- inaBOX |Bare Metal
- Dedicated Server Deployment
- Hypervisor Management Deployment
inaBOX |Bare Metal
Peter Goldthorp, Dito. May 2023
BMS environments can be configured to use dedicated servers or hypervisors. In a dedicated deployment Oracle is installed directly on each BMS server. In a hypervisor deployment VMs are created using BMS server resources and Oracle is installed on the VMs.
Dedicated Server Deployment
Google publishes a BMS toolkit which can be used to configure dedicated servers. It includes shell scripts and Ansible playbooks that can be used with installation media downloaded from Oracle to setup Oracle on a BMS server.
Setup instructions and best practice guidelines for a dedicated server deployment are described in Google’s BMS documentation.
Hypervisor Management Deployment
Dito’s inaBOX for Bare Metal is a packaged solution that adds hypervisor management to a BMS environment. It uses Oracle Linux Virtualization Manager (OLVM) to organize BMS servers and storage into resources that can be used to create virtual machines. This can improve the environment’s resource utilization and configuration management options. It also supports hard partitioning, an Oracle approved mechanism to limit the number of CPU cores that get counted for licensing.
The following diagram shows components in an inaBOX |Bare Metal hypervisor managed deployment.
Oracle Linux Virtualization Manager (OLVM)
OLVM is a server virtualization management platform. It is used to install and manage hypervisors on BMS servers. Dito inaBOX for Bare Metal installs an OLVM Engine on a Google Compute Engine VM. Partner Interconnect and firewall rules are configured to allow the OLVM Engine to access BMS servers. Each BMS server is configured to act as a KVM host managed by the OLVM Engine.
Remote Desktop Access
For security reasons the OLVM Engine is installed on a VM with no external IP address. A jump server is created on a GCE VM and configured to support Apache Guacamole or Chrome Remote Desktop sessions. It is used to access the OLVM Engine’s browser UI. ISO images and VM templates are uploaded via the jump server. It is also used to provide ssh and console access for BMS VMs.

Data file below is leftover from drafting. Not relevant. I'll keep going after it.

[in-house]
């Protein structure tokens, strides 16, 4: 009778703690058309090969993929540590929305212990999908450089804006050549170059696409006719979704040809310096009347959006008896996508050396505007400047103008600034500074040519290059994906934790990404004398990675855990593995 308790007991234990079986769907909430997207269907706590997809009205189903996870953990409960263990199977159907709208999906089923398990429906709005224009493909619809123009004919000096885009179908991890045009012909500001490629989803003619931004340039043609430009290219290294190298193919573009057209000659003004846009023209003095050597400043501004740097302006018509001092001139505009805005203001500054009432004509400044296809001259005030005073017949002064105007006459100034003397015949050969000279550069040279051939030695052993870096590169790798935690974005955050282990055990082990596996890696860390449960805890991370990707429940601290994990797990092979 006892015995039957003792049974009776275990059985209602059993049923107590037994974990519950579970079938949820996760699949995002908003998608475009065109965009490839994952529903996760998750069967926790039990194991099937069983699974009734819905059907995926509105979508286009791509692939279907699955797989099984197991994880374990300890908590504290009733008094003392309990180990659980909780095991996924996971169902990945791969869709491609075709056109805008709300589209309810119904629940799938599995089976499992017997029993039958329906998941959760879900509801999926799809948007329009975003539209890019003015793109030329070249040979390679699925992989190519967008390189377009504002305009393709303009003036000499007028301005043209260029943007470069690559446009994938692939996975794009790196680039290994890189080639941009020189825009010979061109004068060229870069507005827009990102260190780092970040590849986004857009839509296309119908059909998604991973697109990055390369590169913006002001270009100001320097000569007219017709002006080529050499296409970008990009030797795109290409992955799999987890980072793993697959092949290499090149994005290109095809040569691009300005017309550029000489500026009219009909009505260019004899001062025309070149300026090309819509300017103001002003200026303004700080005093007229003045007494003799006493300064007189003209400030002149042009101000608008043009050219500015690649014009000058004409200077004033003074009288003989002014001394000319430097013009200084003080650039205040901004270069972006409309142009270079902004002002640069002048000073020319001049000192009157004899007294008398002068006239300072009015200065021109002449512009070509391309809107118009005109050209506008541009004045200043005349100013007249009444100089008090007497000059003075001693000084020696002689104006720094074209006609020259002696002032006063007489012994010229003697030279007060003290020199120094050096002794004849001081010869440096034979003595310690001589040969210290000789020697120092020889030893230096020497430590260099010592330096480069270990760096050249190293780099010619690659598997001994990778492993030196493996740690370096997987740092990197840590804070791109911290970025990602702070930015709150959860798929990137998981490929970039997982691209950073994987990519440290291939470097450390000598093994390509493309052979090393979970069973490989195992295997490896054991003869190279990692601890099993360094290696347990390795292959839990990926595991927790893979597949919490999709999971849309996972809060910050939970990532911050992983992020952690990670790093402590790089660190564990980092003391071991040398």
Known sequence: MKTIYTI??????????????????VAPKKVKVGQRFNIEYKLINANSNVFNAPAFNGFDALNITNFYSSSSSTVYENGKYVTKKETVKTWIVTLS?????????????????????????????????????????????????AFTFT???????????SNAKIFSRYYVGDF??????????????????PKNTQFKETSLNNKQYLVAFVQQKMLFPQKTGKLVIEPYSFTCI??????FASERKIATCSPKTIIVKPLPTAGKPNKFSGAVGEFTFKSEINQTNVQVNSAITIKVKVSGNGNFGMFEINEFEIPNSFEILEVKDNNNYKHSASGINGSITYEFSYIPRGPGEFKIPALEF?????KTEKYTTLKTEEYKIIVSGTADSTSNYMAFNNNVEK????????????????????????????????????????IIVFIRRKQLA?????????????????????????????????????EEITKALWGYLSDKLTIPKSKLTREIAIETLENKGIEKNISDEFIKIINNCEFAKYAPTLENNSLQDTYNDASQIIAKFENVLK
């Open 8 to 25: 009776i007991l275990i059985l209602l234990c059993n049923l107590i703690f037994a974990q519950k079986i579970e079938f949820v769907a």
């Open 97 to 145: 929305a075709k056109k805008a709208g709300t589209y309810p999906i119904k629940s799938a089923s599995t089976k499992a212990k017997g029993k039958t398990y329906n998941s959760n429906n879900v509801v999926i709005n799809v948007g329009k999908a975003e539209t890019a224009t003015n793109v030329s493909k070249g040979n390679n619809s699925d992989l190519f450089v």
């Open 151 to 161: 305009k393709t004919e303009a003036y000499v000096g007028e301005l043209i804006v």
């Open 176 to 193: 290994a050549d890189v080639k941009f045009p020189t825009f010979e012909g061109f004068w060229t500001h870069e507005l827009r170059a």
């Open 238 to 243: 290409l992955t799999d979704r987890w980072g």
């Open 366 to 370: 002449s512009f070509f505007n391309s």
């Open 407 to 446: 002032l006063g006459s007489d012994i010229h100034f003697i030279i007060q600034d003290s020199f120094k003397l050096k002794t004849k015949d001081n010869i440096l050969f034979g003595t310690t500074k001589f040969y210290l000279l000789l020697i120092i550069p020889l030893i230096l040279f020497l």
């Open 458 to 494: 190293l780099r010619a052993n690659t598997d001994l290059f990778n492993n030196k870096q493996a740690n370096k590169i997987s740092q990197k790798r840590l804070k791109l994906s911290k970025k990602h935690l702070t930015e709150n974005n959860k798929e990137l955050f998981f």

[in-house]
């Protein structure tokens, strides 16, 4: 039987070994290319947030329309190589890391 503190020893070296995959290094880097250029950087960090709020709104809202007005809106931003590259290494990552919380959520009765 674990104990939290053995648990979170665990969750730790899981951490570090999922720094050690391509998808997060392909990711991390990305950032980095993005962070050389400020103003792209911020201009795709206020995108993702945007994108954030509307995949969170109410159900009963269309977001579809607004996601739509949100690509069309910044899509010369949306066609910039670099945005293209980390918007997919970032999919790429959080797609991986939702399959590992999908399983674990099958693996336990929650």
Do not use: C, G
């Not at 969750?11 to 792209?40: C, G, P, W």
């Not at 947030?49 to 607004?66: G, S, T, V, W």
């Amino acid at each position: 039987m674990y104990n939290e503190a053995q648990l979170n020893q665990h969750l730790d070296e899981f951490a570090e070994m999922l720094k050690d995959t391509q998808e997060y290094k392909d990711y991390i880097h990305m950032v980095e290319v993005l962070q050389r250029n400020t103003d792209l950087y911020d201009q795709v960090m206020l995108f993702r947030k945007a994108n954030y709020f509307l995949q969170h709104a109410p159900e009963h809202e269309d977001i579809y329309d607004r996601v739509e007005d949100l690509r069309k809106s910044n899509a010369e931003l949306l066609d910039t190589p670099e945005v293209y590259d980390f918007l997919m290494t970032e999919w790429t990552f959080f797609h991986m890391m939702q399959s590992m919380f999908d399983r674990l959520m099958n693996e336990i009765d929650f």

SSO, IAM and OAuth
SSO Access to the OLVM environment is controlled using a Keycloak server and Google’s identity and access management infrastructure.
Network traffic for VMs provisioned on a KVM host should be isolated from management traffic for the host itself. A user with login access to a VM should not be able to use that access to reconfigure it or other VMs on the host.
OLVM supports the use of logical networks to separate traffic with different characteristics. These can be mapped to separate Interconnect VLANs to isolate management traffic and virtual machine traffic. Firewalld rules can also be used to control access to the KVM hosts in an OLVM configured deployment.
Two PostgreSQL databases are created on the OLVM Engine VM. The first one stores persistent information about the state of the OLVM environment. The second stores historical configuration information and statistical metrics. Dito developed shell scripts are used to automate backups and restoration of these databases.
An optional Storware environment can be configured to backup OLVM virtual machines.
Shell scripts are provided to backup an Oracle database and transport backup files to and from a cloud storage bucket.
Documented steps for pinning CPUs in an OLVM environment to limit the Oracle license requirement
By default BMS servers have no access to the internet. Some processes require internet access. For example, a systems administrator may require access to a remote repository when running yum or dnf update and developers may need remote access to npm, git or the gcloud sdk.
Dito developed Terraform scripts can be used to automate the creation of a squid proxy cluster in GCP. These can be used in conjunction with a NAT Gateway to provide https access to BMS resources. Separate scripts are available to create Nginx reverse proxies for other protocols.
DHCP, DNS and NTP
DHCP and DNS for OLVM provisioned VMs can be provided using a dedicated VM running bind or dnsmasq. Dito has developed setup steps and configuration rules for using dnsmasq to resolve domain names in an OLVM deployed BMS environment.
Network time synchronization can be achieved using a reverse proxy to a public NTP server or Dito developed Terraform code that creates 2 or more GCE VMs and configure them for use as an NTP server via an internal UDP load balancer.
OLVM Virtual Machine Integration with GCP
Weblogic or other application servers running on OLVM provisioned VMs can be load balanced in GCP using a global external HTTP(S) load balancer with hybrid connectivity. Dito developed Terraform scripts are available to configure this.
Oracle Database Development Utilities
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